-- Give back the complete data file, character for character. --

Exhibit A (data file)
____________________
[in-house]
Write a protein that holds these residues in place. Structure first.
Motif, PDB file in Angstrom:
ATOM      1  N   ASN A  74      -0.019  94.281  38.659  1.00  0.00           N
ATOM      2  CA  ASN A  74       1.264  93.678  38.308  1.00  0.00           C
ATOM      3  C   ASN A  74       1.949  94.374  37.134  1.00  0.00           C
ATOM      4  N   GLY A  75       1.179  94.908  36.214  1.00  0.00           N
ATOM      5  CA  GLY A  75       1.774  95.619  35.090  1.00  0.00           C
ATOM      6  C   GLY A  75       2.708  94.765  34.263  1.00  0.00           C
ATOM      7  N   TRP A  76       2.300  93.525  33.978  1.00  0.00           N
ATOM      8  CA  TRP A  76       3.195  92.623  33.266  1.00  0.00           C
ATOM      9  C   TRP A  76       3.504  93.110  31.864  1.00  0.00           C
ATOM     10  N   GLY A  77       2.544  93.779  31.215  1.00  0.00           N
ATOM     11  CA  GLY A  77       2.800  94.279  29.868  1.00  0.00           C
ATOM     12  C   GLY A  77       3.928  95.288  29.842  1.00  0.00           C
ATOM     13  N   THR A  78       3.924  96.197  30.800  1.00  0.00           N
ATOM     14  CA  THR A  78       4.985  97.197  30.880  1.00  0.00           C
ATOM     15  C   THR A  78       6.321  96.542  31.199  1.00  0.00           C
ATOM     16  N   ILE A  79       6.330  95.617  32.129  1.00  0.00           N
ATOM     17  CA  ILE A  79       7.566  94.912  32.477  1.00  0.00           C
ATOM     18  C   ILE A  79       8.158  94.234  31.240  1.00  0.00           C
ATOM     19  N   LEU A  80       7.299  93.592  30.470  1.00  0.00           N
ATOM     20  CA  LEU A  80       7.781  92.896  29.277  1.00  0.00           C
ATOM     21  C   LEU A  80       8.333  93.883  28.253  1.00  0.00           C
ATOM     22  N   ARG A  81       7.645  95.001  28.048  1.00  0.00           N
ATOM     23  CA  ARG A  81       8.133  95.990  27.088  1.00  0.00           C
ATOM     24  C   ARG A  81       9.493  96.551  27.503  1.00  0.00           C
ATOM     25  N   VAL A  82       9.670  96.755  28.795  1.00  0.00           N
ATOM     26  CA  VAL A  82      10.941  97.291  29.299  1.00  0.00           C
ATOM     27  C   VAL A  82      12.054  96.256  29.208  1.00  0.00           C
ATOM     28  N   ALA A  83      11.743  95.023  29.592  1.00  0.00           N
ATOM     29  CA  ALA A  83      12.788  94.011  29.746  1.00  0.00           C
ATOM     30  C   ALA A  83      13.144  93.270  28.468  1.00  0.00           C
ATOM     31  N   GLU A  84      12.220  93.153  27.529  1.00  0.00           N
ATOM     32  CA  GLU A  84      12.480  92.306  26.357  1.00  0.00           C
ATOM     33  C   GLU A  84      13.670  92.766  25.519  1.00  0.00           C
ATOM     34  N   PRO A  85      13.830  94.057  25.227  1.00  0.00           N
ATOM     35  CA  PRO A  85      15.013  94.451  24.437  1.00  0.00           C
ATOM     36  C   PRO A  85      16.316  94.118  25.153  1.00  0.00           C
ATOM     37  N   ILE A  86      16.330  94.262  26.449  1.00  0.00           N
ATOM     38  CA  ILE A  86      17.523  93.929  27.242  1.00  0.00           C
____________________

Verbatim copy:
[in-house]
Write a protein that holds these residues in place. Structure first.
Motif, PDB file in Angstrom:
ATOM      1  N   ASN A  74      -0.019  94.281  38.659  1.00  0.00           N
ATOM      2  CA  ASN A  74       1.264  93.678  38.308  1.00  0.00           C
ATOM      3  C   ASN A  74       1.949  94.374  37.134  1.00  0.00           C
ATOM      4  N   GLY A  75       1.179  94.908  36.214  1.00  0.00           N
ATOM      5  CA  GLY A  75       1.774  95.619  35.090  1.00  0.00           C
ATOM      6  C   GLY A  75       2.708  94.765  34.263  1.00  0.00           C
ATOM      7  N   TRP A  76       2.300  93.525  33.978  1.00  0.00           N
ATOM      8  CA  TRP A  76       3.195  92.623  33.266  1.00  0.00           C
ATOM      9  C   TRP A  76       3.504  93.110  31.864  1.00  0.00           C
ATOM     10  N   GLY A  77       2.544  93.779  31.215  1.00  0.00           N
ATOM     11  CA  GLY A  77       2.800  94.279  29.868  1.00  0.00           C
ATOM     12  C   GLY A  77       3.928  95.288  29.842  1.00  0.00           C
ATOM     13  N   THR A  78       3.924  96.197  30.800  1.00  0.00           N
ATOM     14  CA  THR A  78       4.985  97.197  30.880  1.00  0.00           C
ATOM     15  C   THR A  78       6.321  96.542  31.199  1.00  0.00           C
ATOM     16  N   ILE A  79       6.330  95.617  32.129  1.00  0.00           N
ATOM     17  CA  ILE A  79       7.566  94.912  32.477  1.00  0.00           C
ATOM     18  C   ILE A  79       8.158  94.234  31.240  1.00  0.00           C
ATOM     19  N   LEU A  80       7.299  93.592  30.470  1.00  0.00           N
ATOM     20  CA  LEU A  80       7.781  92.896  29.277  1.00  0.00           C
ATOM     21  C   LEU A  80       8.333  93.883  28.253  1.00  0.00           C
ATOM     22  N   ARG A  81       7.645  95.001  28.048  1.00  0.00           N
ATOM     23  CA  ARG A  81       8.133  95.990  27.088  1.00  0.00           C
ATOM     24  C   ARG A  81       9.493  96.551  27.503  1.00  0.00           C
ATOM     25  N   VAL A  82       9.670  96.755  28.795  1.00  0.00           N
ATOM     26  CA  VAL A  82      10.941  97.291  29.299  1.00  0.00           C
ATOM     27  C   VAL A  82      12.054  96.256  29.208  1.00  0.00           C
ATOM     28  N   ALA A  83      11.743  95.023  29.592  1.00  0.00           N
ATOM     29  CA  ALA A  83      12.788  94.011  29.746  1.00  0.00           C
ATOM     30  C   ALA A  83      13.144  93.270  28.468  1.00  0.00           C
ATOM     31  N   GLU A  84      12.220  93.153  27.529  1.00  0.00           N
ATOM     32  CA  GLU A  84      12.480  92.306  26.357  1.00  0.00           C
ATOM     33  C   GLU A  84      13.670  92.766  25.519  1.00  0.00           C
ATOM     34  N   PRO A  85      13.830  94.057  25.227  1.00  0.00           N
ATOM     35  CA  PRO A  85      15.013  94.451  24.437  1.00  0.00           C
ATOM     36  C   PRO A  85      16.316  94.118  25.153  1.00  0.00           C
ATOM     37  N   ILE A  86      16.330  94.262  26.449  1.00  0.00           N
ATOM     38  CA  ILE A  86      17.523  93.929  27.242  1.00  0.00           C